Tel: +44 (0) 20 7420 9444
Philosophers on Failure: Perceptual Success and Failure
Thu 24 October 2013, 6.30pm for a 7pm start
Free, no booking required.
Numbers are limited – so do come early, buy a drink and tapas and enjoy a unique early evening philosophical conversation.
Fernandez & Wells, Courtyard, Somerset House, Strand, London WC2R 1LA
Leading philosophers from King’s College London discuss aspects of failure in a series of informal and inclusive Salons (on Tuesday 22nd / Wednesday 23rd and Thursday 24th October).
At Thursday’s Salon, join Professor Bill Brewer for a discussion on perceptual success and failure:
Cases of failure have been used throughout the history of philosophical theorizing about perception to shape and constrain positive accounts of our perceptual success. Professor Bill Brewer focuses on classic arguments from illusion and hallucination, and casts doubt upon their orthodox use in motivating representationalist theories of perception as against more traditional relational conceptions. No philosophical background will be assumed.
Professor Bill Brewer
Professor Bill Brewer read Maths and Philosophy at Oxford, where he also received the B. Phil and the D. Phil in Philosophy, working with P. F. Strawson, David Pears, Jennifer Hornsby, and John Campbell.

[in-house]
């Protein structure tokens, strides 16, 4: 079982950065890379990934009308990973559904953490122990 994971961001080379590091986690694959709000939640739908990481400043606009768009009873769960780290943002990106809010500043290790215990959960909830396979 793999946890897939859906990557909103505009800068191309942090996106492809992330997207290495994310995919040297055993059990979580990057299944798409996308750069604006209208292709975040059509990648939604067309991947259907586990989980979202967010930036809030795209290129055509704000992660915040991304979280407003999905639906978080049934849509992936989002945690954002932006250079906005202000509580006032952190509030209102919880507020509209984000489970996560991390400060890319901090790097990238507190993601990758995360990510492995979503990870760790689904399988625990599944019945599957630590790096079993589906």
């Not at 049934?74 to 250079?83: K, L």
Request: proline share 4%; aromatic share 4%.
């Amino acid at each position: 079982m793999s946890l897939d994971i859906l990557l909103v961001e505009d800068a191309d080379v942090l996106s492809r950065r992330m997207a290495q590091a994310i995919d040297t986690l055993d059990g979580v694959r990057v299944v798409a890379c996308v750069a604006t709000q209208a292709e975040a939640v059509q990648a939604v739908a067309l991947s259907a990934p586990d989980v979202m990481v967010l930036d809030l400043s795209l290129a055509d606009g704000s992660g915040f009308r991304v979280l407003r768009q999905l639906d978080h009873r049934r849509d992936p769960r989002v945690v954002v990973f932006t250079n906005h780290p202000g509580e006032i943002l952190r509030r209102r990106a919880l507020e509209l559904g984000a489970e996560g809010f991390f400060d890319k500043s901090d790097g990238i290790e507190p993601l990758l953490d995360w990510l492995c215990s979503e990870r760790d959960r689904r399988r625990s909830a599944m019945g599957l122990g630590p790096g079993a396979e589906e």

He was a Senior Scholar at Oriel College, Oxford, a Research Fellow at King’s College, Cambridge, a Tutorial Fellow and University Lecturer at St. Catherine’s College, Oxford, and, most recently, a Professor in the Philosophy Department at Warwick. He has also held visiting positions at Brown, Hamburg, and UC Berkeley. He joined King’s College London in September 2012 as the Susan Stebbing Professor of Philosophy. He works in the philosophy of mind, metaphysics, and epistemology, and is the author of two monographs, Perception and Reason (OUP, 1999) and Perception and its Objects (OUP, 2011), as well as many papers in journals and collections.
His current major research project concerns the parts and persistence of macroscopic material objects.
Main image credit: Somerset House, courtesy of Somerset House Trust